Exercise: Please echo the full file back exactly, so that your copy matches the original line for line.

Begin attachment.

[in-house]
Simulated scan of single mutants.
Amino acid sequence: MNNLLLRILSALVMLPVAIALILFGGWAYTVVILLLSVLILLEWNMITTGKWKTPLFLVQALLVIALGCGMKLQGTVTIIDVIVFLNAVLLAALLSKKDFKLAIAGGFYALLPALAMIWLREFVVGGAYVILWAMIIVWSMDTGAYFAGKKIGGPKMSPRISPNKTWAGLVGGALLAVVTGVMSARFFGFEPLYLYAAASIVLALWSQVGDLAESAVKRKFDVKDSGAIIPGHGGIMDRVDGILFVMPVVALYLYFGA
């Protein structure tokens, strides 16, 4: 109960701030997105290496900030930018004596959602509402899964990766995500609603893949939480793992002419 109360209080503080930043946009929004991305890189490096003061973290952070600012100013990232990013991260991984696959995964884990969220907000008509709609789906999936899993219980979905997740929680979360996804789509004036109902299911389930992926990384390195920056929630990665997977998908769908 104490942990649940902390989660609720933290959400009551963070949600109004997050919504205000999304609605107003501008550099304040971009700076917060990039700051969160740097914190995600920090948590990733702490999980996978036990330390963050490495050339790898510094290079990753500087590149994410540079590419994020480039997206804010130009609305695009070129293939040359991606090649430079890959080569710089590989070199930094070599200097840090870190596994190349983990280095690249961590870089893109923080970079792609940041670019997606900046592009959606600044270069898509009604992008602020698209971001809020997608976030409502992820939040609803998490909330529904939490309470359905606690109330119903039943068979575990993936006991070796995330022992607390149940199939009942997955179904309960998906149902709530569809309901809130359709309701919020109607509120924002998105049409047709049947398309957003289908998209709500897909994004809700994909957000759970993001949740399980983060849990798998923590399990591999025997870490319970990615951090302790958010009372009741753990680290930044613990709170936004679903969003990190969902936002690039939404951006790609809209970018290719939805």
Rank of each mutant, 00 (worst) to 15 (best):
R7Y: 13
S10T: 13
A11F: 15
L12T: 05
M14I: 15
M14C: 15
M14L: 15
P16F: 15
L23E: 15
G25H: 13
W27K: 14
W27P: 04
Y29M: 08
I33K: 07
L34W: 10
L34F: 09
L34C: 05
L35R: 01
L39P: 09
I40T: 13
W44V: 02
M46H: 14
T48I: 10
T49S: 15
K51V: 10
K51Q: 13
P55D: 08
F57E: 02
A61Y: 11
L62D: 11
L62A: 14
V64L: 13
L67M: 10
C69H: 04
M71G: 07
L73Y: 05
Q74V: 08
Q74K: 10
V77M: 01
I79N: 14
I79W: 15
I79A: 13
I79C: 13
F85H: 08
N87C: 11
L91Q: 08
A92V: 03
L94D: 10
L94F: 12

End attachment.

[in-house]
Simulated scan of single mutants.
Amino acid sequence: MNNLLLRILSALVMLPVAIALILFGGWAYTVVILLLSVLILLEWNMITTGKWKTPLFLVQALLVIALGCGMKLQGTVTIIDVIVFLNAVLLAALLSKKDFKLAIAGGFYALLPALAMIWLREFVVGGAYVILWAMIIVWSMDTGAYFAGKKIGGPKMSPRISPNKTWAGLVGGALLAVVTGVMSARFFGFEPLYLYAAASIVLALWSQVGDLAESAVKRKFDVKDSGAIIPGHGGIMDRVDGILFVMPVVALYLYFGA
């Protein structure tokens, strides 16, 4: 109960701030997105290496900030930018004596959602509402899964990766995500609603893949939480793992002419 109360209080503080930043946009929004991305890189490096003061973290952070600012100013990232990013991260991984696959995964884990969220907000008509709609789906999936899993219980979905997740929680979360996804789509004036109902299911389930992926990384390195920056929630990665997977998908769908 104490942990649940902390989660609720933290959400009551963070949600109004997050919504205000999304609605107003501008550099304040971009700076917060990039700051969160740097914190995600920090948590990733702490999980996978036990330390963050490495050339790898510094290079990753500087590149994410540079590419994020480039997206804010130009609305695009070129293939040359991606090649430079890959080569710089590989070199930094070599200097840090870190596994190349983990280095690249961590870089893109923080970079792609940041670019997606900046592009959606600044270069898509009604992008602020698209971001809020997608976030409502992820939040609803998490909330529904939490309470359905606690109330119903039943068979575990993936006991070796995330022992607390149940199939009942997955179904309960998906149902709530569809309901809130359709309701919020109607509120924002998105049409047709049947398309957003289908998209709500897909994004809700994909957000759970993001949740399980983060849990798998923590399990591999025997870490319970990615951090302790958010009372009741753990680290930044613990709170936004679903969003990190969902936002690039939404951006790609809209970018290719939805």
Rank of each mutant, 00 (worst) to 15 (best):
R7Y: 13
S10T: 13
A11F: 15
L12T: 05
M14I: 15
M14C: 15
M14L: 15
P16F: 15
L23E: 15
G25H: 13
W27K: 14
W27P: 04
Y29M: 08
I33K: 07
L34W: 10
L34F: 09
L34C: 05
L35R: 01
L39P: 09
I40T: 13
W44V: 02
M46H: 14
T48I: 10
T49S: 15
K51V: 10
K51Q: 13
P55D: 08
F57E: 02
A61Y: 11
L62D: 11
L62A: 14
V64L: 13
L67M: 10
C69H: 04
M71G: 07
L73Y: 05
Q74V: 08
Q74K: 10
V77M: 01
I79N: 14
I79W: 15
I79A: 13
I79C: 13
F85H: 08
N87C: 11
L91Q: 08
A92V: 03
L94D: 10
L94F: 12